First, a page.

Gaudeamus celebrates decade of giving

Students representing CEF schools hand out rosaries at the 2011 Gaudeamus event. This year Gaudeamus will be held on Nov. 2 at the Overland Park Convention Center.
Students representing CEF schools hand out rosaries at the 2011 Gaudeamus event. This year Gaudeamus will be held on Nov. 2 at the Overland Park Convention Center.

by Jill Ragar Esfeld
jill.esfeld@theleaven.org

KANSAS CITY, Kan. — Ten years ago, 325 people gathered for the first CEF fundraiser. This year, the event, now known as Gaudeamus, is expected to draw a crowd of more than 3,000.

When viewed through the perspective of the last decade, it is amazing to see how much this annual celebration of Catholic education has grown.

No doubt people attend because they support Catholic schools and believe every child deserves a faith-based education. Certainly, thousands of young lives are impacted by their generosity.

But truth be told, attendance numbers have increased in part because the word is out that — in addition to supporting a good cause — Gaudeamus is an exceptionally good time.

Sandy Long is well aware of the effort that has gone into growing Gaudeamus into one of the most anticipated happenings of the season.

“Since Gaudeamus was started,” said CEF executive director Michael Morrisey,“Sandy’s been the committee chair . . . along with her husband. We call them the king and queen of Gaudeamus.”

The Longs’ dedication is born from a true belief in CEF’s mission.

“I love this organization with all my heart,” said Sandy Long. “And I feel a sense of accomplishment that in a very small way I have contributed to its success!

“This year’s event is special, as we are celebrating our 10th anniversary and recognizing those from the past 10 years who have made a significant contribution in promoting Catholic education.”

Indeed, all those honored as outstanding “Angels Among Us” (see sidebar) at past events will be recognized again this year.

“We’ve got a very diverse group of past honorees in terms of what they do,” said Morrisey.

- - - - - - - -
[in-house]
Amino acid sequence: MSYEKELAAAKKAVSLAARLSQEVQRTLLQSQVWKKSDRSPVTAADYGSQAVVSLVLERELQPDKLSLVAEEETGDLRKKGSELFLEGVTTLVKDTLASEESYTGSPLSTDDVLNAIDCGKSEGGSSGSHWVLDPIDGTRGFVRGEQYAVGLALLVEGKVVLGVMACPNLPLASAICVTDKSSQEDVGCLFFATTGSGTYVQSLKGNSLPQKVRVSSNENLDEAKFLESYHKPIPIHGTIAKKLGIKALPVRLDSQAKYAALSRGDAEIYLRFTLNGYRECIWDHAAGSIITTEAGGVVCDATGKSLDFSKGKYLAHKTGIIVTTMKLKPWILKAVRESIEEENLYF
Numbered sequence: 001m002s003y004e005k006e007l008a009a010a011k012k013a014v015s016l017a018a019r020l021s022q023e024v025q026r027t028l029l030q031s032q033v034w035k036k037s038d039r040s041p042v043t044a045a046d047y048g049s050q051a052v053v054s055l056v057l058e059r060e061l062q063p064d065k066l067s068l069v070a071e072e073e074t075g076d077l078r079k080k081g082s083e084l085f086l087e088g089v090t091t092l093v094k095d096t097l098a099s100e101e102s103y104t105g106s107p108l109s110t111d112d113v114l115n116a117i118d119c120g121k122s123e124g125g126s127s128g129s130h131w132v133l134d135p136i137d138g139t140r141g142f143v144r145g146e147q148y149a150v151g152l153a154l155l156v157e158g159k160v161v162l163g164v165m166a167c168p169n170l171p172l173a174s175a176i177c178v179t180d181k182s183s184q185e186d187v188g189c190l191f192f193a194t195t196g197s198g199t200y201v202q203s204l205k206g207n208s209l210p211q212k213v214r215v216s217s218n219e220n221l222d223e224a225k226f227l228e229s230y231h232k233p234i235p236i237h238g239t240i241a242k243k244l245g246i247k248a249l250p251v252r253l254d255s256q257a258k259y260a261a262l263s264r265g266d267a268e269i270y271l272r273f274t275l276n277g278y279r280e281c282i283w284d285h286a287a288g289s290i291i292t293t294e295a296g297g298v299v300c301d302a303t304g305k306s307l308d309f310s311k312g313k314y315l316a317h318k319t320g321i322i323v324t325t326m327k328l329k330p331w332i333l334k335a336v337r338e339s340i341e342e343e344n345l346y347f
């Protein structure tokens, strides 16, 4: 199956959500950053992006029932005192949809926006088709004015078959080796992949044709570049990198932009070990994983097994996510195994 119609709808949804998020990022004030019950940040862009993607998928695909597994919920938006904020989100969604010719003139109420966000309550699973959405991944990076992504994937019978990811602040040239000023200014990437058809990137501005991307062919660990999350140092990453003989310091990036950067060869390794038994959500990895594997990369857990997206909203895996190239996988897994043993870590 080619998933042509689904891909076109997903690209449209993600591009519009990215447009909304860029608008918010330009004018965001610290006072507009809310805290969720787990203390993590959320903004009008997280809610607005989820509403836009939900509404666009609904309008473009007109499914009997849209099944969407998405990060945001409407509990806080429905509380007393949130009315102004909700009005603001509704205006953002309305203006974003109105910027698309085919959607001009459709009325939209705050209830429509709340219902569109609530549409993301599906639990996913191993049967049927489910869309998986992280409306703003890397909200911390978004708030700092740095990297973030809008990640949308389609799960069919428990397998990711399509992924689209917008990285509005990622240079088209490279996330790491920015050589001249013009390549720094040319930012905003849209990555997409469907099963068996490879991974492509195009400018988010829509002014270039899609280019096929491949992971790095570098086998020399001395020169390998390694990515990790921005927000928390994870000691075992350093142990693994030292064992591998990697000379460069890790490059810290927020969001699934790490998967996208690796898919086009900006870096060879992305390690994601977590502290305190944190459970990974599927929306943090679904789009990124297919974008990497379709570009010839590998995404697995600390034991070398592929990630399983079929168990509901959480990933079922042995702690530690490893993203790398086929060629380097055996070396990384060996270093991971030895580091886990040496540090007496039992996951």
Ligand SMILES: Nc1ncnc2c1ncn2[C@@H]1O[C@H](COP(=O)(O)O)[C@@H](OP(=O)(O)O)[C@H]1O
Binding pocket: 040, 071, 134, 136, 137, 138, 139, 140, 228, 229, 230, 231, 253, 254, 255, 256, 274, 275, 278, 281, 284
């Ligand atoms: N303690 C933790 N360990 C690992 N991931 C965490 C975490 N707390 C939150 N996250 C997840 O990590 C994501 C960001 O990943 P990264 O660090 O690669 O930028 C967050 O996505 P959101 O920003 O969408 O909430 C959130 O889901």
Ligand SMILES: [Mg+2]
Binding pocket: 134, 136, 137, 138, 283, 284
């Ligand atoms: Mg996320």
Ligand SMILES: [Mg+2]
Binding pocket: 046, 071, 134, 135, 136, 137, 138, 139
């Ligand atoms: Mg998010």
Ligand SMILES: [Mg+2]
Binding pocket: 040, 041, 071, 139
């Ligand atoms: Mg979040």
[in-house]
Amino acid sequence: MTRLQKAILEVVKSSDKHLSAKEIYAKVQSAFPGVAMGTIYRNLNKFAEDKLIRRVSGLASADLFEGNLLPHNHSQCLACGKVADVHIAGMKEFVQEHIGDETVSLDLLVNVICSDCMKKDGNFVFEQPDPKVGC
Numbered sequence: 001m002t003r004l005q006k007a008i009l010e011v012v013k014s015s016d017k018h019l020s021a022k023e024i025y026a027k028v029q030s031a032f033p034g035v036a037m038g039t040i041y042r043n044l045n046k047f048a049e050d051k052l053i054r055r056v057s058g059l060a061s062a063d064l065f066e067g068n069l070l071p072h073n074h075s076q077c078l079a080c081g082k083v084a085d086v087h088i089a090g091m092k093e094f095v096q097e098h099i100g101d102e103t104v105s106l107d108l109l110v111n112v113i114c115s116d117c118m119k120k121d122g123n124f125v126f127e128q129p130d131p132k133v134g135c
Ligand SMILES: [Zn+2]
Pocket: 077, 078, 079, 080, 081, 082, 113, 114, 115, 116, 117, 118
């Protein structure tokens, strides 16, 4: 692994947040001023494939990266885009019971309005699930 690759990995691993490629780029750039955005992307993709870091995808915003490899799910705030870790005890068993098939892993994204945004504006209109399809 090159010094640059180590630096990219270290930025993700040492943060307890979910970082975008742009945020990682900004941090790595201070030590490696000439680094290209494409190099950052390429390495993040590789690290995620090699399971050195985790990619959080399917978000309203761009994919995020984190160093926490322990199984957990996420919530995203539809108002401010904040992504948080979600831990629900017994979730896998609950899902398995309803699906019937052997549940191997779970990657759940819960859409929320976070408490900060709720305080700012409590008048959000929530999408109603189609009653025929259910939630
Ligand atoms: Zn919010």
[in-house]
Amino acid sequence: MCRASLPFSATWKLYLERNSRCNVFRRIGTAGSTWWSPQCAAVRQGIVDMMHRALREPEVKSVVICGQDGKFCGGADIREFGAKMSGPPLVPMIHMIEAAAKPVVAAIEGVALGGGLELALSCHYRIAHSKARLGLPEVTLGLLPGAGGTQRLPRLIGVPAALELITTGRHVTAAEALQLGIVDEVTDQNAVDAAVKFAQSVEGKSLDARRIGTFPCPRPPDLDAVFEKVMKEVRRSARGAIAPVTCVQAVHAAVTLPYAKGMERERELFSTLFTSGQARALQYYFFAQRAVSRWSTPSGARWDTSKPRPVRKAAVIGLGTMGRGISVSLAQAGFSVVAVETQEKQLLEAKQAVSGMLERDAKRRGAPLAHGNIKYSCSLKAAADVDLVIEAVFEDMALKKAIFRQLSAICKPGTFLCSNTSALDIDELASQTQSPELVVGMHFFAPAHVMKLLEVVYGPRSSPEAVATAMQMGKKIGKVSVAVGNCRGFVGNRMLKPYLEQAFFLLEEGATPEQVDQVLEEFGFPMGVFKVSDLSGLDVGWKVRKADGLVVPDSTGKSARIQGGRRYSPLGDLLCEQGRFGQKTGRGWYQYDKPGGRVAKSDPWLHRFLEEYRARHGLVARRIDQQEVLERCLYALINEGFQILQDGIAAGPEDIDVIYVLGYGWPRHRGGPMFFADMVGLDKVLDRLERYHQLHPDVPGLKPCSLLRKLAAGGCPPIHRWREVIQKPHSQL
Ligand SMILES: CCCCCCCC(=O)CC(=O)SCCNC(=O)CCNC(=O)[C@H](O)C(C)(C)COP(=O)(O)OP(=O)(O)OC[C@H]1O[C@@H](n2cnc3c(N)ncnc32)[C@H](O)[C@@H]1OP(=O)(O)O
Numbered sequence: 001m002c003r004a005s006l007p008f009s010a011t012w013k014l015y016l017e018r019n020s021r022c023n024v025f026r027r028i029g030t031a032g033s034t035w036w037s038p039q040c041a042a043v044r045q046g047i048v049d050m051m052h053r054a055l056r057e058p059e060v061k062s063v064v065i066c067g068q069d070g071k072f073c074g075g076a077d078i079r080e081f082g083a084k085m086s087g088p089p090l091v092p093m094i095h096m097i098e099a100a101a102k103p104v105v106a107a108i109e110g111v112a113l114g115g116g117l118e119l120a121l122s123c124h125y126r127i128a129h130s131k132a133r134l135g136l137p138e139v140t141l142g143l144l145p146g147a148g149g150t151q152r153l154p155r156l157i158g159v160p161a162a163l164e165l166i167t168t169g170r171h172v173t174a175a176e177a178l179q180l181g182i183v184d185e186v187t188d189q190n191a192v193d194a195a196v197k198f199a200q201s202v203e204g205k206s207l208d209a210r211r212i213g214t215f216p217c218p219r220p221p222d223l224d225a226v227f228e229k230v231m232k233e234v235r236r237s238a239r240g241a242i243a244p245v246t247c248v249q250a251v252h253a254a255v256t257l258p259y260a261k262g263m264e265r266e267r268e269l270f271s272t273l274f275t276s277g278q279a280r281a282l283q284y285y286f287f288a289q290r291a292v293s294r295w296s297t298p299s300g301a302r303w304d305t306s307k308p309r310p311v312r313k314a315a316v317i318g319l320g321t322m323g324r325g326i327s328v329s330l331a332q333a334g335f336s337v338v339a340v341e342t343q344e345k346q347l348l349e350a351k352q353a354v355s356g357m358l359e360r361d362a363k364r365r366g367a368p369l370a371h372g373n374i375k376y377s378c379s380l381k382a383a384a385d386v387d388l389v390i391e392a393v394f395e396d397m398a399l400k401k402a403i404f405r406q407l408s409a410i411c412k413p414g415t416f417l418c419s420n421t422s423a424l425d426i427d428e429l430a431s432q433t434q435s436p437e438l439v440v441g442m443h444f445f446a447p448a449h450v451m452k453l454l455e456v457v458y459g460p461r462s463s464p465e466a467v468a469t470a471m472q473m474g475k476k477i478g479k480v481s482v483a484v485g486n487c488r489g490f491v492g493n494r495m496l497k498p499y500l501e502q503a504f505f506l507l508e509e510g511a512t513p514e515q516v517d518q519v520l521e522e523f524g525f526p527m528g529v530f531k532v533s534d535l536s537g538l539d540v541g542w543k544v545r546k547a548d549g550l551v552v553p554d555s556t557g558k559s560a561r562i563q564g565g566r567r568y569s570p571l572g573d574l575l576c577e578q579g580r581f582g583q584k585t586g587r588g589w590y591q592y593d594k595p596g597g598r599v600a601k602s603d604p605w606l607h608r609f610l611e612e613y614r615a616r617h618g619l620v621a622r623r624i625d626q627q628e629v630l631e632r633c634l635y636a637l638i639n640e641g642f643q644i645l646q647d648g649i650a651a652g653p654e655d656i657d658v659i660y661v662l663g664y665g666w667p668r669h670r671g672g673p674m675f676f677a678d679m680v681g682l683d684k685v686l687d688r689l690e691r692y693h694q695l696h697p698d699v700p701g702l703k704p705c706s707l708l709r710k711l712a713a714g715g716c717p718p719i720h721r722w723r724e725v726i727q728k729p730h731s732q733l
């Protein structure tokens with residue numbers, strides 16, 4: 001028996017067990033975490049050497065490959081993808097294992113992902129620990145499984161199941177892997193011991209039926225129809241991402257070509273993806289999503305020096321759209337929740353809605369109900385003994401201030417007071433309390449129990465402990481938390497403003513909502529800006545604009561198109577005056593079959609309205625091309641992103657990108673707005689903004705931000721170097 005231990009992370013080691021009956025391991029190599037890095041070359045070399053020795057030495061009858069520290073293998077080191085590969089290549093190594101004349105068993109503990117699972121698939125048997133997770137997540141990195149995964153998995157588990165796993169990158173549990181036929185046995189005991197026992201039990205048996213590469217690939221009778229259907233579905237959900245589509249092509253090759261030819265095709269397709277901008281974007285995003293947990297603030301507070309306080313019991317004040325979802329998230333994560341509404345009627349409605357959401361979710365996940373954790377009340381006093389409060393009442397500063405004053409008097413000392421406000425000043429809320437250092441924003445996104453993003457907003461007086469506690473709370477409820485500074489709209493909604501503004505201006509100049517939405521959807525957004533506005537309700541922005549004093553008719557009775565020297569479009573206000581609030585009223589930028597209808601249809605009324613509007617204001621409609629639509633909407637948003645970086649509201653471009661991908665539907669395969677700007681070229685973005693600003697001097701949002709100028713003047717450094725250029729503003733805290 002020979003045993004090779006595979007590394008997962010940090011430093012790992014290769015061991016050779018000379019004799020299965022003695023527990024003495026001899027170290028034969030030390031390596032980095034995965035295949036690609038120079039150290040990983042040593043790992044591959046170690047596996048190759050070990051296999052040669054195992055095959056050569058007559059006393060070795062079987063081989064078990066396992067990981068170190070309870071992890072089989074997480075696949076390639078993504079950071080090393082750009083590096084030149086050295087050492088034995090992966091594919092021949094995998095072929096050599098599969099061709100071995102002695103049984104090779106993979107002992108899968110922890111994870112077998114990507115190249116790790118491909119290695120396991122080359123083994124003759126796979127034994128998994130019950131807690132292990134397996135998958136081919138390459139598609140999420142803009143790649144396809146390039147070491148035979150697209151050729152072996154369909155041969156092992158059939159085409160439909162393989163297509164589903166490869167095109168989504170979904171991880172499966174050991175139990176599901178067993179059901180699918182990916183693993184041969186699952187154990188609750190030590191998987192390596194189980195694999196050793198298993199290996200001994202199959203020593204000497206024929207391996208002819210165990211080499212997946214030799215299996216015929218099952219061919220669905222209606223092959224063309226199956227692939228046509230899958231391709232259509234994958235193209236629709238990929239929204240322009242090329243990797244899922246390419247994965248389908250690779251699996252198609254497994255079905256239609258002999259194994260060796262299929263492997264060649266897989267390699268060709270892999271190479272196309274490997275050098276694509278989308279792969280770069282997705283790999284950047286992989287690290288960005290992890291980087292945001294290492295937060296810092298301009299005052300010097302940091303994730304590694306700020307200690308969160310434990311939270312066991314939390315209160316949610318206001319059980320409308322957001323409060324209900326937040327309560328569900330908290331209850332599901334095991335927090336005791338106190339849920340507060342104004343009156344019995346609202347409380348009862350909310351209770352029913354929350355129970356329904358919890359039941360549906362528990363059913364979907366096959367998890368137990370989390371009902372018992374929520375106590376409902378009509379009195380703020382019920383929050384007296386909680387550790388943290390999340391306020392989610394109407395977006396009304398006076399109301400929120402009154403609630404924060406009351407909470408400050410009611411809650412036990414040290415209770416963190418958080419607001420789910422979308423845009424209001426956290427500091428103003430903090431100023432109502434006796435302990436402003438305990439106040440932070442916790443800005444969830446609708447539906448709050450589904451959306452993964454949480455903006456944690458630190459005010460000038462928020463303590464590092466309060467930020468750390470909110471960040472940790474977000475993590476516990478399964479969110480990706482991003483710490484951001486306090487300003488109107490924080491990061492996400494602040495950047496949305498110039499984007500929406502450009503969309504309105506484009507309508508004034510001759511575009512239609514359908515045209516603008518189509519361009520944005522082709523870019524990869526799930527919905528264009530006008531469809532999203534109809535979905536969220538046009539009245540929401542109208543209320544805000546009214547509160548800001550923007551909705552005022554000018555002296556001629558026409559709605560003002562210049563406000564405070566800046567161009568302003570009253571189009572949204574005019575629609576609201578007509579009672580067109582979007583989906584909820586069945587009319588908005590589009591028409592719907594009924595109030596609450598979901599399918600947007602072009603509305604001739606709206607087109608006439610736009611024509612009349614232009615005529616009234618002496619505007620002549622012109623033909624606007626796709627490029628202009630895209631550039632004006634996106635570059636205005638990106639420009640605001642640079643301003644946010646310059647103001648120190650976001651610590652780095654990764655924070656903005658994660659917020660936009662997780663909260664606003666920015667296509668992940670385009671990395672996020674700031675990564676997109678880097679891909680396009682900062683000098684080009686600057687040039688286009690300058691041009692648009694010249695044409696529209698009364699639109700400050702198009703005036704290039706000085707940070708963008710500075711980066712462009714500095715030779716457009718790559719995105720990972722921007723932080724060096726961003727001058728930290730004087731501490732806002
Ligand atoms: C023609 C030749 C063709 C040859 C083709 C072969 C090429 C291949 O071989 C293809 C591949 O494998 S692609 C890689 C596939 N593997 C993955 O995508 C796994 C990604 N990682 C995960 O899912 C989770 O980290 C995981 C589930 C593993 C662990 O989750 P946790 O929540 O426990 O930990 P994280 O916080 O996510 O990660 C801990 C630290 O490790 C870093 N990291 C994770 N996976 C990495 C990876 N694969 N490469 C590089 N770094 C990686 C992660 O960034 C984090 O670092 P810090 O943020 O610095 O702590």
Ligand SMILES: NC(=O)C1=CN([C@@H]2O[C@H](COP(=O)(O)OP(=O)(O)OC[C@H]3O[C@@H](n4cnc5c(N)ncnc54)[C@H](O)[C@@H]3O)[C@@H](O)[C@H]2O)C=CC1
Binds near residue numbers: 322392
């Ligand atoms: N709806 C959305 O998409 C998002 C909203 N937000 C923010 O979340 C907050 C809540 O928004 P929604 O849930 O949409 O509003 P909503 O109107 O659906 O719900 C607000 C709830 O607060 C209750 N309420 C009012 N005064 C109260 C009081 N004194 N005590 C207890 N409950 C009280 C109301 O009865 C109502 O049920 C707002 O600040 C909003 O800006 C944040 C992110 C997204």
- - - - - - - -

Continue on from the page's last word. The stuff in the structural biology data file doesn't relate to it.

“But one focus they all have is Catholic education, helping those that need help go to Catholic schools.”

In addition to reuniting honorees, this year will be a showcase for all the great food, great company and exciting features that make the annual Gaudeamus a must-attend event.

As always, the evening will begin with cocktails and conversation. Then, returning by popular demand, the Mater Dei drumline will lead guests to the ballroom.

Once again, Catholic school students will be an important part of the celebration.

The Holy Spirit School choir will be performing throughout the evening, along with vocalist Ron Gutierrez, a graduate of Hayden High School in Topeka.

And a new video has been produced to inform and entertain guests.

“We’ve got what we think is a fun video,” said Morrisey. “It’s a takeoff of the AT&T commercials — the guy with the kids around the table.”

Channel 41 helped create the video and its crew will also be entertaining dinner guests with spot interviews of various audience members projected on the big screen.

Archbishop Joseph F. Naumann will be on hand for one of the evening’s most anticipated moments, the announcement of CEF’s 2013-2014 School of Excellence.

“He never misses a CEF event,” said Morrisey, “and he consistently says that helping kids go to Catholic schools is one of the most important missions the archdiocese has.”

And, of course, guests will be able to demonstrate their own support for CEF throughout the evening.

The sponsor-a-child opportunity will be available again this year and attendees will be encouraged to match a donor family challenge donation again.

“This year [the anonymous donors] have been kind enough to do it again,” said Morrisey. “And they’ve increased the $175,000 challenge to $200,000!”

After dinner, guests will be invited to mingle at the traditional post-Gaudeamus social hour.

It’s hard to calculate the number of lives touched by the generosity of Gaudeamus attendees over the past decade.

“This year, we’ve added an additional school,” said Morrisey. “So there are 43 schools in the archdiocese, and CEF is supporting 20 of the 43.

“If the averages stay the same, we’ll help a record 1,400-plus kids.”

The majority of children receiving CEF scholarships are living in poverty — a family of four making less than $24,000 a year.

“We believe education is their way of getting out of that familial cycle of poverty,” said Morrisey. “That’s the reason we do what we do.”

With three children and eleven grandchildren benefiting from Catholic education, Sandy Long understands the value of being part of a faith-based community.

“Community has been a solid foundation for my family to thrive,” she said. “Every Catholic family should have that privilege.”

But Long pointed out that the need is great; there are a large number of children waiting for CEF’s assistance.

“Please purchase a ticket,” she said. “Seeing the look of joy our CEF kids have and the enthusiasm they share for their Catholic faith brings a joy to your heart that is truly extraordinary.”

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